My letter to The Straits Times on the above matter was published on Wednesday 28th May 2014.
I applaud Deputy Prime Minister Teo Chee Hean’s reminder to public servants to engage Singaporeans and understand their concerns and needs (“Call for nimble public service with its ear to the ground”; last Saturday).
The civil service must train its staff to not only show more empathy to the public, but also work with different departments and ministries when issues are complex and involve more than one government body.
In short, civil servants must practise the “no wrong door” policy, so that people are not shunted from one department to another.
They must also respond to letters or feedback within five working days, in keeping with the PS21 vision.
Currently, there is much unhappiness over the Central Provident Fund Minimum Sum, which keeps going up year after year and is not matched by wage increases.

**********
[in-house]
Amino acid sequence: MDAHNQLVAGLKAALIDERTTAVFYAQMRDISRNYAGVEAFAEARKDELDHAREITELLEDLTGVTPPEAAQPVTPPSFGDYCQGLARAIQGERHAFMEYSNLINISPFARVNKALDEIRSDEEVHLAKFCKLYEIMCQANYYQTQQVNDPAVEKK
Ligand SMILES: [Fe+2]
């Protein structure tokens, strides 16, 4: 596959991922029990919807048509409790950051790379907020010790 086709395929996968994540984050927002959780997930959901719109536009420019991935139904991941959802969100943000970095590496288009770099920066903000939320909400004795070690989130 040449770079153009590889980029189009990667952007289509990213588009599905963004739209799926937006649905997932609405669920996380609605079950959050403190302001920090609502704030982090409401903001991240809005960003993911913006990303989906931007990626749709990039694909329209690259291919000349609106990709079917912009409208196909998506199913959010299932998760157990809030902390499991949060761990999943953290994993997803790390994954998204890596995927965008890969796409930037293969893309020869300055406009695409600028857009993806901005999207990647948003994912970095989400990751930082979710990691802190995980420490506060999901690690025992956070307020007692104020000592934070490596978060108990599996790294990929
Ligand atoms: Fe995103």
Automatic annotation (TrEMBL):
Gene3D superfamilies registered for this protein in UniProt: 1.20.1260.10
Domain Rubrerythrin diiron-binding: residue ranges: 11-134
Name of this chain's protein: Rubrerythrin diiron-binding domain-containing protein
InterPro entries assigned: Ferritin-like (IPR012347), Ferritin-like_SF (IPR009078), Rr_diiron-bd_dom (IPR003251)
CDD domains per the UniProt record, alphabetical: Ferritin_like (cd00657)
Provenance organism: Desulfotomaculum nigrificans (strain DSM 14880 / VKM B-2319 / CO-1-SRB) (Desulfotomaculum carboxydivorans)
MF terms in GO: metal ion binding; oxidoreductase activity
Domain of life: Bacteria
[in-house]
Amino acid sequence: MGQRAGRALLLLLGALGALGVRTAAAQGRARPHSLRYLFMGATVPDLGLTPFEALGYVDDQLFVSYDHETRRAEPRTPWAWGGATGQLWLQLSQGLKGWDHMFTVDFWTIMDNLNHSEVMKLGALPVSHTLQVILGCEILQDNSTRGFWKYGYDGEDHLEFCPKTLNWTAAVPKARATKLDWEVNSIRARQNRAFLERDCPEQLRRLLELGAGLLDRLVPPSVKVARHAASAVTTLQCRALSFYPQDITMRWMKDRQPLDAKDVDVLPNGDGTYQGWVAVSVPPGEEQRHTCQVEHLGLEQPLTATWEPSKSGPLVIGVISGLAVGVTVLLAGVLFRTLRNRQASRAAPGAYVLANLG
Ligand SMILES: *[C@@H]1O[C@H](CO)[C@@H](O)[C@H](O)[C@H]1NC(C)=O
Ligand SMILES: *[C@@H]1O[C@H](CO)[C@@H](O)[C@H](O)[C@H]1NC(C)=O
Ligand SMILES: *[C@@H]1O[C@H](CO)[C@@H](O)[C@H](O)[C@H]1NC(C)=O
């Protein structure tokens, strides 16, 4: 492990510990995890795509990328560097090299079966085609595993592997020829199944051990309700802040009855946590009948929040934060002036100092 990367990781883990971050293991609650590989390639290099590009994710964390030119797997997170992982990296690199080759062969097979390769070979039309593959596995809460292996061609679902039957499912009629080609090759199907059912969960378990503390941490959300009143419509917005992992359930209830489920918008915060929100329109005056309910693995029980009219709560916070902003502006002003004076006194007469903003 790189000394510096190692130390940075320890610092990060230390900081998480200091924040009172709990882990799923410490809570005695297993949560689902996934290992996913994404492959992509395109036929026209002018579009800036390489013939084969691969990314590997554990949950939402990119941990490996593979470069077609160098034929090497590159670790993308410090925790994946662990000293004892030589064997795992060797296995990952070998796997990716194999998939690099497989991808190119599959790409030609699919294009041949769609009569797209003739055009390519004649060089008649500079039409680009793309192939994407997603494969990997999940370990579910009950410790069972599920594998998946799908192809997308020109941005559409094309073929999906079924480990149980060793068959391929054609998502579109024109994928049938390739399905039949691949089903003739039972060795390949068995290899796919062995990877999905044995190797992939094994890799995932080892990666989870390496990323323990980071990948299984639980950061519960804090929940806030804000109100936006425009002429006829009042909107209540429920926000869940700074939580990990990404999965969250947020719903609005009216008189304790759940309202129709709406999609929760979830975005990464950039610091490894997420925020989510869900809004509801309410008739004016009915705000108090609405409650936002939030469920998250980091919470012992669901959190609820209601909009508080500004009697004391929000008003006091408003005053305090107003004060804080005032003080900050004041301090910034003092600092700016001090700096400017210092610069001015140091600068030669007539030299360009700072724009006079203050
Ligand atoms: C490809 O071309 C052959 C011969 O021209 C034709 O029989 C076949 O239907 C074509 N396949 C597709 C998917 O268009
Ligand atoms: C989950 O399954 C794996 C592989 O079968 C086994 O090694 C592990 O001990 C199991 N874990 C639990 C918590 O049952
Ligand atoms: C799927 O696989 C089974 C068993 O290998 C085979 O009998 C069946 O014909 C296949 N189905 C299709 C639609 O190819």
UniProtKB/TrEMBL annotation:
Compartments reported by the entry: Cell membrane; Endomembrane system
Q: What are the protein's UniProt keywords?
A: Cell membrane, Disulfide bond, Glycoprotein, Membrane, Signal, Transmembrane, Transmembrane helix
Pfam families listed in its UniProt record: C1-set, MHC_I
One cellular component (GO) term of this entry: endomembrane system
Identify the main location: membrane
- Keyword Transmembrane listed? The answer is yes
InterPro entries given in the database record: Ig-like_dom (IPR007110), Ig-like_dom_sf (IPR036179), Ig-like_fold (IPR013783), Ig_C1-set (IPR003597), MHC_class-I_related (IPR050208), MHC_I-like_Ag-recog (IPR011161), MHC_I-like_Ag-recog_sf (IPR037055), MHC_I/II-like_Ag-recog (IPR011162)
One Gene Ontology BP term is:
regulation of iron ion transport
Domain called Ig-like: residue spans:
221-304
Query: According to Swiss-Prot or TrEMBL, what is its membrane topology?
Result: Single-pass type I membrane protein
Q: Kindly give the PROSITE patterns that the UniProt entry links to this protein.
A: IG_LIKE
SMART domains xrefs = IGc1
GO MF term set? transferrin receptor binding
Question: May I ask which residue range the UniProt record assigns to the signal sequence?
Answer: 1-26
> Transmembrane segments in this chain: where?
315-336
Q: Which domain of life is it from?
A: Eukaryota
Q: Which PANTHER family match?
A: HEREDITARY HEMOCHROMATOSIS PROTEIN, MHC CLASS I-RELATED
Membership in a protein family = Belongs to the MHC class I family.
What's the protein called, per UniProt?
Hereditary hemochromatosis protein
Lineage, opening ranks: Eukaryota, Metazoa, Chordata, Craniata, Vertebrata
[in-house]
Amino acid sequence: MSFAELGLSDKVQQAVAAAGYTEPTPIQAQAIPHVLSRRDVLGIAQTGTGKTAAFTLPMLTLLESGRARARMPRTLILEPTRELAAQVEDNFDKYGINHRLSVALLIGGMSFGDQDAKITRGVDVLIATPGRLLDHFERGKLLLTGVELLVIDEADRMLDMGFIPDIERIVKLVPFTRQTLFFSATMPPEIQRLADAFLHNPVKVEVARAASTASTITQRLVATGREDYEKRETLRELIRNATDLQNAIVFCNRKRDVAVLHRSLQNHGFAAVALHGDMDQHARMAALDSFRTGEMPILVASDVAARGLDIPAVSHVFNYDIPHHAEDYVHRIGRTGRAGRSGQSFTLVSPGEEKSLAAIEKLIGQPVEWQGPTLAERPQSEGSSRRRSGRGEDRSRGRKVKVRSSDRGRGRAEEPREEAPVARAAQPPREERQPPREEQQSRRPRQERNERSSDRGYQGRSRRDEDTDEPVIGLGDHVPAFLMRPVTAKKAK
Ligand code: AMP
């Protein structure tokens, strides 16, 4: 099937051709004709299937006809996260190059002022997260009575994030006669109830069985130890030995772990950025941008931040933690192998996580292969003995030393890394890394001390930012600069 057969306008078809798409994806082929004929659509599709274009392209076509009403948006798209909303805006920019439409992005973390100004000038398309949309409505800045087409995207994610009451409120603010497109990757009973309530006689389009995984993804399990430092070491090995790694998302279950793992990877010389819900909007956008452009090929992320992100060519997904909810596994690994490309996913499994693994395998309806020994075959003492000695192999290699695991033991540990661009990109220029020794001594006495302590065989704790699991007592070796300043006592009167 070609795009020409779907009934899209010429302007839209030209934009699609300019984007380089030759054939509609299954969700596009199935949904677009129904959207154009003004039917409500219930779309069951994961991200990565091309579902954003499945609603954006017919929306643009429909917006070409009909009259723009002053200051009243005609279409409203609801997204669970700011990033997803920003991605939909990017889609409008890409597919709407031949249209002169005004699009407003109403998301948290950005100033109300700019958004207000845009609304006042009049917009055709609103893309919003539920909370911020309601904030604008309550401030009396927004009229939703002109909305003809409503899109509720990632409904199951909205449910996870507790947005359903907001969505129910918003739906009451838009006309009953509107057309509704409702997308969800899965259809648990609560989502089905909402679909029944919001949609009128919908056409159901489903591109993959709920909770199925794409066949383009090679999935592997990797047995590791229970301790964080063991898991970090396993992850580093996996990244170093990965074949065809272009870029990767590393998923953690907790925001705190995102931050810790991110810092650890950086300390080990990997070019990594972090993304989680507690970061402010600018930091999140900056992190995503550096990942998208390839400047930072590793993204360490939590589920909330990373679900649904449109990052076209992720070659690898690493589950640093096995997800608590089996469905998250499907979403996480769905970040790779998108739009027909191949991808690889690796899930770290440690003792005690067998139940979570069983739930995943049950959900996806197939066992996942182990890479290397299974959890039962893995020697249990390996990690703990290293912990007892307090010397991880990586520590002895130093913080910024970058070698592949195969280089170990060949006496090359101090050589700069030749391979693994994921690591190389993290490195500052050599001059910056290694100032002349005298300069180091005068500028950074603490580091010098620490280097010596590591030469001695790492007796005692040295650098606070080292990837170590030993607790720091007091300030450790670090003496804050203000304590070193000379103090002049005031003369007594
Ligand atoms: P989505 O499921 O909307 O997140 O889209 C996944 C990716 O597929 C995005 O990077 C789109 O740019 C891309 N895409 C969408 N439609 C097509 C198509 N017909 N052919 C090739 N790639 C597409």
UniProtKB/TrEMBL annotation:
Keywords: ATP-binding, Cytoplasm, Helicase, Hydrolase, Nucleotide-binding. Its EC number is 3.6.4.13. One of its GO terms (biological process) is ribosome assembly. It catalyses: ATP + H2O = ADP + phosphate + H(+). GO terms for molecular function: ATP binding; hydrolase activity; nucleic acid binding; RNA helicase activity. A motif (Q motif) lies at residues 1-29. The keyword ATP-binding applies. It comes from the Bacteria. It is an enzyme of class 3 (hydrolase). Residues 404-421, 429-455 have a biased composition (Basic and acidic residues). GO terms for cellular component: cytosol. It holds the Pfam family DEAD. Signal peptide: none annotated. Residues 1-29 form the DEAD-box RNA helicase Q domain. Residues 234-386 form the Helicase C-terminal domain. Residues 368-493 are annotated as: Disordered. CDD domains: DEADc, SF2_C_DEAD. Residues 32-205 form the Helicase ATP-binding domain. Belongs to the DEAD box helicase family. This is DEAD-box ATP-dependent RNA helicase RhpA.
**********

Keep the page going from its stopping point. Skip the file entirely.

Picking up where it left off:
Many Singaporeans are so stressed from work that they want to retire at 55 and withdraw their CPF savings.
I am sure some among them are caregivers looking after their loved ones who are grappling with health issues. Perhaps caregivers should be given the option of withdrawing their CPF savings at age 50.
Separately, it is disheartening that the Committee to Strengthen National Service has ignored the contributions of older national servicemen aged between 55 and 64. Has this group not also safeguarded the nation and made lots of sacrifices, like the younger and pioneer generations?
Policies should not favour one group over another, because it will lead to a divided society.
Raymond Anthony Fernando